Lee, the editor of the best-selling book “The Dangerous Case of Donald Trump,” a collection of writings by mental health professionals, warns that Trump displays numerous signs of complex psychological issues.
Lee says that the tendencies Trump displays raise risks for the upcoming US-North Korea summit, which is to take place in May or early June, after the inter-Korean summit on April 27.
|Bandy Lee. Park Hyun-koo/The Korea Herald|
“(Trump’s) tendencies alone would make the meeting very precarious, and of course both parties have been belligerent, warmongering, sparring, saber rattling in ways that have put the world on edge,” Lee said. She said that although little information is available, North Korean leader Kim Jong-un has committed acts of violence that cast doubt on his mental stability. In addition to tightening the North Korean government’s control of its people, Kim is suspected of ordering the assassination of his elder half brother Kim Jong-nam and the execution of his uncle Jang Song-thaek.
“Given Trump’s volatility and erratic decision making, while discussion of talks is far more positive than discussion of war, I think there is tremendous reason for caution.”
She warns that given the signs of mental instability Trump has displayed, parties dealing with him must practice caution.
Saying that Trump and individuals impaired in a similar way follow “a whole different logic,” she says that assuming the US leader to be “a normal rational human being” would lead to disaster.
“No matter how you try to stretch your imagination, the ordinary person is likely to underestimate and minimize the dangers, the level to which someone like (Trump) could turn volatile, dangerously vindictive,” she said.
“So, my recommendation has been to remove the negotiations as much as possible from the figureheads (Kim and Trump), and to try to negotiate with the structures that are in place in the US rather than the president himself.”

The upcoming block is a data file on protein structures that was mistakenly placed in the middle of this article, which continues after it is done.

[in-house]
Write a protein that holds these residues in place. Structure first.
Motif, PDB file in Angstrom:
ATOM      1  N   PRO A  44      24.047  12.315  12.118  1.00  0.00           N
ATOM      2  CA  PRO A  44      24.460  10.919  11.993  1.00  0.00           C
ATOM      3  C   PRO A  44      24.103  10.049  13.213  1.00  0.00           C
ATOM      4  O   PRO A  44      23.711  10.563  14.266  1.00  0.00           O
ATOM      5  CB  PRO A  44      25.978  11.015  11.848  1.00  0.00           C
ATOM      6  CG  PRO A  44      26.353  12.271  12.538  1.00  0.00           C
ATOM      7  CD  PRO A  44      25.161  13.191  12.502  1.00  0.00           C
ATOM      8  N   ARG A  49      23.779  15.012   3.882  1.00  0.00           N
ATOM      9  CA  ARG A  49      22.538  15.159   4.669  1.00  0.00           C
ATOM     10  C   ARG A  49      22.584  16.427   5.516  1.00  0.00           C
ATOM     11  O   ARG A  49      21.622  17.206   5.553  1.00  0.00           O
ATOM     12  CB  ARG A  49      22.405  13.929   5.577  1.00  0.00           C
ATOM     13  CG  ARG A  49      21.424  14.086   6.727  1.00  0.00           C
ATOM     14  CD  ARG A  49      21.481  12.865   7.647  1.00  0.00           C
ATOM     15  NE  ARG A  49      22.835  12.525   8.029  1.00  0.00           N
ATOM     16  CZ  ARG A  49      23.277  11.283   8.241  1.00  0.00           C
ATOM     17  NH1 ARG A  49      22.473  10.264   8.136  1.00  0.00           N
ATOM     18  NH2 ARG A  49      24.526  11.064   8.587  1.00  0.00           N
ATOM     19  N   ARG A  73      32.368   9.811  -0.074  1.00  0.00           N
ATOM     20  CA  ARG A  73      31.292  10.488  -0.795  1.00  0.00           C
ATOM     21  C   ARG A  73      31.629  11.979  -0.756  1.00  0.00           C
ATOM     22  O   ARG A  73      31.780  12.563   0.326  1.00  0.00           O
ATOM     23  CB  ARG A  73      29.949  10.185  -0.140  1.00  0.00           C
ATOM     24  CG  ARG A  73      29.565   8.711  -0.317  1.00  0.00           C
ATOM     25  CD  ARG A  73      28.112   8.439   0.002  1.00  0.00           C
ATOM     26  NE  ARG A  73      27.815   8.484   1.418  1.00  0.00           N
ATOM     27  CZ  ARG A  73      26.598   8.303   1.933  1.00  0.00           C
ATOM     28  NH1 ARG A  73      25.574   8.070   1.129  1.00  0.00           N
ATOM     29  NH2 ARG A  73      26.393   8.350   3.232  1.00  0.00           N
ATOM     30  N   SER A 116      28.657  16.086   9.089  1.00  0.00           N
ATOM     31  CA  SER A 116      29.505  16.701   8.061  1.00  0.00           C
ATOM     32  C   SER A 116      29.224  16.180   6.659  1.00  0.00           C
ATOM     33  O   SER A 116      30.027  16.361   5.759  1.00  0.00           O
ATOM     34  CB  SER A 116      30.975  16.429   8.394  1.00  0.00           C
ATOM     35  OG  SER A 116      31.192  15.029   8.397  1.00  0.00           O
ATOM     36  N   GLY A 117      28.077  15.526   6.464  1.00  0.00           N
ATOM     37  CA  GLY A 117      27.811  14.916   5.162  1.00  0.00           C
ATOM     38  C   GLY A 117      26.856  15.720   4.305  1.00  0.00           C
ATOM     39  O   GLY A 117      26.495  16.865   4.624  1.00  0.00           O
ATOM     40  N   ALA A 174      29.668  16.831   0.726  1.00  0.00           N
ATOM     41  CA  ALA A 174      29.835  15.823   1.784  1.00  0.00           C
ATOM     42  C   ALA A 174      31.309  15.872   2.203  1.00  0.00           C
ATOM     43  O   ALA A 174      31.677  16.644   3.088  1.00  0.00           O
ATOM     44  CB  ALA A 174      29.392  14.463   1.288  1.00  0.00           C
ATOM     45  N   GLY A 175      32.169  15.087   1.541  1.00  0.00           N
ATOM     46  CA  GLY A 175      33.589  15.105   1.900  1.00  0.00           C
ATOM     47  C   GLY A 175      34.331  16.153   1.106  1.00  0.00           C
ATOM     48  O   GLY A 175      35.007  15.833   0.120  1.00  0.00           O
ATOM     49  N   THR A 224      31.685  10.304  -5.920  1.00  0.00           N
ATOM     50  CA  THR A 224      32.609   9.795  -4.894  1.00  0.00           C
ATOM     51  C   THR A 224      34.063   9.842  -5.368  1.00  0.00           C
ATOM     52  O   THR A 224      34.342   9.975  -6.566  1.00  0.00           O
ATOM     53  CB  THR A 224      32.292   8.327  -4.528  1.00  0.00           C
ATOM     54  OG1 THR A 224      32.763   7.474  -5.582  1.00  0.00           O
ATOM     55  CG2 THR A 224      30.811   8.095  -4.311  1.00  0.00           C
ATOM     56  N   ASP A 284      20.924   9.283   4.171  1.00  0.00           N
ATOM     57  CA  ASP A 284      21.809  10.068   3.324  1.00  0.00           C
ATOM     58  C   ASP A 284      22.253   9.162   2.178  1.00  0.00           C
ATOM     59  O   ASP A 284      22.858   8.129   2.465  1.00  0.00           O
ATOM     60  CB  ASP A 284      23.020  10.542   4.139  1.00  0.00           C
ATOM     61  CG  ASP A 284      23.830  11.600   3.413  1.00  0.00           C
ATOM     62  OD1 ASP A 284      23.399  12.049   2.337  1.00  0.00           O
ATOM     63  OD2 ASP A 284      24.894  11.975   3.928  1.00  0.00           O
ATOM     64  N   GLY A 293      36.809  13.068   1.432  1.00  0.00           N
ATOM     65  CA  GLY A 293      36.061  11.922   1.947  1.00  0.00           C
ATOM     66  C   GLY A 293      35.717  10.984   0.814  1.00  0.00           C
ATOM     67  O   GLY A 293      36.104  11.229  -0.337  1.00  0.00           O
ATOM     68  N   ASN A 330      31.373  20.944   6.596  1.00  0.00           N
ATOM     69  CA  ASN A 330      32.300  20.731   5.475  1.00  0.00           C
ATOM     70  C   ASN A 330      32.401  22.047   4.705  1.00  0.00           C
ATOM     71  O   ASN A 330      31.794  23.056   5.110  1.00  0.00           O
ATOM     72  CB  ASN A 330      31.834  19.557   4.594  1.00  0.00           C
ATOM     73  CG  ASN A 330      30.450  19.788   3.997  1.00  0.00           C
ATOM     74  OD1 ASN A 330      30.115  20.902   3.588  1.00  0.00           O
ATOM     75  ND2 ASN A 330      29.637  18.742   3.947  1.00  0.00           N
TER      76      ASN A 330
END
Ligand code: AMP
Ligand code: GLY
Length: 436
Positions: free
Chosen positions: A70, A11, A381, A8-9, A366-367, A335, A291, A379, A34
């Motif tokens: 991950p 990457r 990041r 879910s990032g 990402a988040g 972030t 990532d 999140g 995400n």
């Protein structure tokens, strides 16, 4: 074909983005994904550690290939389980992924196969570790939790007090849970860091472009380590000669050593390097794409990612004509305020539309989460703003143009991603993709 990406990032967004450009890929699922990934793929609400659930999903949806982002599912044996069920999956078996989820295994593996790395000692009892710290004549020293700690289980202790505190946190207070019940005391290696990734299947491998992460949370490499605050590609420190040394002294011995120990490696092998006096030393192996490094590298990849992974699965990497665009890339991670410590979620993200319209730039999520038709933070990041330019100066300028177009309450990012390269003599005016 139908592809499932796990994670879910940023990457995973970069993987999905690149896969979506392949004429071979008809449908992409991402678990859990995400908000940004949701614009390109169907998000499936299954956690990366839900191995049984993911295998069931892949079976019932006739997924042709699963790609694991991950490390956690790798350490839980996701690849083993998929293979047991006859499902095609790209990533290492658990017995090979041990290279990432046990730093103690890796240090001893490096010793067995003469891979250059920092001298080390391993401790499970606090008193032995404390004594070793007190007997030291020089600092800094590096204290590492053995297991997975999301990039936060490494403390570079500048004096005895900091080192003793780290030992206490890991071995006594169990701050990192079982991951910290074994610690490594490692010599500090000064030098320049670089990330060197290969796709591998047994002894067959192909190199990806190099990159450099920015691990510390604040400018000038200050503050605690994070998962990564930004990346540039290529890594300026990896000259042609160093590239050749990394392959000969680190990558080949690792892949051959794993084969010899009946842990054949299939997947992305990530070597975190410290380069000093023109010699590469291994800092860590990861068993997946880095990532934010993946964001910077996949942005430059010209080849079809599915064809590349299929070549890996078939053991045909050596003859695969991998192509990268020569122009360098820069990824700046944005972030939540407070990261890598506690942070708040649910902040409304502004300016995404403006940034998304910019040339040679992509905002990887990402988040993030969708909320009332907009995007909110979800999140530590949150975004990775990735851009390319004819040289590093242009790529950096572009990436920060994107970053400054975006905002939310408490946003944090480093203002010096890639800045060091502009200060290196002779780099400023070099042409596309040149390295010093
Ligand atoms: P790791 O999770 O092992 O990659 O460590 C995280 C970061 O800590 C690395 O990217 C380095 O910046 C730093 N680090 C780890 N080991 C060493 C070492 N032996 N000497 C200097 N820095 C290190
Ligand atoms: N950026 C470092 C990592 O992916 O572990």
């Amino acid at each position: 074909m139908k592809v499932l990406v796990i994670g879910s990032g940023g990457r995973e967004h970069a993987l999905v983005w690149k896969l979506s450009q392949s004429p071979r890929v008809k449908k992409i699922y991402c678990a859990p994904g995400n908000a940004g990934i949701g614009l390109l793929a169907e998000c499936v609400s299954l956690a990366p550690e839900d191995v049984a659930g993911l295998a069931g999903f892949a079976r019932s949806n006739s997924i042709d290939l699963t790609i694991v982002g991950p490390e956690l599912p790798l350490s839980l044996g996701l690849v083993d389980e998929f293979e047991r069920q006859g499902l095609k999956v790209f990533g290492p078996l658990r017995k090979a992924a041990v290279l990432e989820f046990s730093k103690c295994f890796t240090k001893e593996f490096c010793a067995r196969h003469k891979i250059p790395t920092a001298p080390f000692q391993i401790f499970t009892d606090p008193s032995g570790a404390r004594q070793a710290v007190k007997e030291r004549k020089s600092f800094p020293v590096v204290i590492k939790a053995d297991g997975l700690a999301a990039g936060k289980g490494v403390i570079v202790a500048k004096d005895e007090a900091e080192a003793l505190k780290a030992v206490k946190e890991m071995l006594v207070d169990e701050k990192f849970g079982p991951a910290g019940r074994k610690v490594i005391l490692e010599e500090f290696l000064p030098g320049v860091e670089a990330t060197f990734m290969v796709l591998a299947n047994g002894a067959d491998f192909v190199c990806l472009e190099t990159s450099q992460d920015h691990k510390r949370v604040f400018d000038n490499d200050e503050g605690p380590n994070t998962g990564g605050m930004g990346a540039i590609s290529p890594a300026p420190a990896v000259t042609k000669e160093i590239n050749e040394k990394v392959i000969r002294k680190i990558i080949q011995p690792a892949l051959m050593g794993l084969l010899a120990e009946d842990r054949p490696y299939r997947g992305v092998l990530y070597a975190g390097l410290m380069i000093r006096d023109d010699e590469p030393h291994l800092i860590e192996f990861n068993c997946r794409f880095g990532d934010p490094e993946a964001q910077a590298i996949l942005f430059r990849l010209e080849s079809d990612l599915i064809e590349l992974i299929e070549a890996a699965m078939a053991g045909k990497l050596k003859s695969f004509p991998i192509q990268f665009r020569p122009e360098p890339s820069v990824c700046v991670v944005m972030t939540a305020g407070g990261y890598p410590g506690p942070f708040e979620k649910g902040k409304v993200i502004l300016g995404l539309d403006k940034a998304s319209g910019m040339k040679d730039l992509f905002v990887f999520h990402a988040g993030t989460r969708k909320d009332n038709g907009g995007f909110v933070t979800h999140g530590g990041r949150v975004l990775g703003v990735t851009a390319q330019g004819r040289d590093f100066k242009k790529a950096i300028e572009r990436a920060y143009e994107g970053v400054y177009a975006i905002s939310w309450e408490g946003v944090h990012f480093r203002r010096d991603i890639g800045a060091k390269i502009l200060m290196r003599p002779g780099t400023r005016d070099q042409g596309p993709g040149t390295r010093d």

At the time of the interview, Rex Tillerson and H.R. McMaster were still in office. Lee warns that with the appointments of John Bolton and Mike Pompeo, the structures themselves are beginning to resemble Trump’s psyche.
Lee’s book argues that Trump’s presidency is a result of the “poor state of collective mental health” amplified by growing inequality in the US, which is being aggravated by Trump.
“The book actually does not make any diagnosis. We don’t consider Mr. Trump’s personal diagnosis to be as important as the danger he poses to public health and safety,” she said.
Highlighting that Trump is both a cause and symptom of the “poor state of collective mental health,” Lee went on to say that his having access to the powers of a US leader poses a serious danger.
“The dangerousness is really about the situation. The situation is the worst because (of) the weapons he has access to, and the power he wields in his position, so in terms of dangerousness there has never been anyone so dangerous, I don’t think, in American history, as well as the world’s history.”
Lee also points to Trump’s Twitter messages, which have earned him criticism as a sign of psychological issues.
Trump has announced major decisions and developments including the removal of former Secretary of State Rex Tillerson through his Twitter account. The US leader also hinted at renegotiation of the Korea-US Free Trade Agreement following his first summit with President Moon Jae-in in Washington last year.
While assessing the proposed talks as a positive development, Lee said that the circumstances in which Trump agreed to meet Kim pose questions.
Trump agreed to meet Kim on March 9 while South Korean National Security Office chief Chung Eui-yong was meeting with White House officials to discuss his earlier meeting with Kim in Pyongyang. The decision was revealed in a surprise announcement by Chung, who was scheduled to meet the US leader on the following day, on the request of Trump at the White House.
“He had the officials announce the news straight away, and agreement to talks in that context makes the decisions seriously doubtable. His entire pattern has been gearing up for war, he would not hear of talks,” Lee said.
“He is someone who was not even willing to consider peace talks, and (was) full force heading toward war, that is more his mode of operation. He even fired his secretary of state shortly after he agreed to the talks, that is not a rational decision, and not a decision that we can depend upon.”
By Choi He-suk (firstname.lastname@example.org)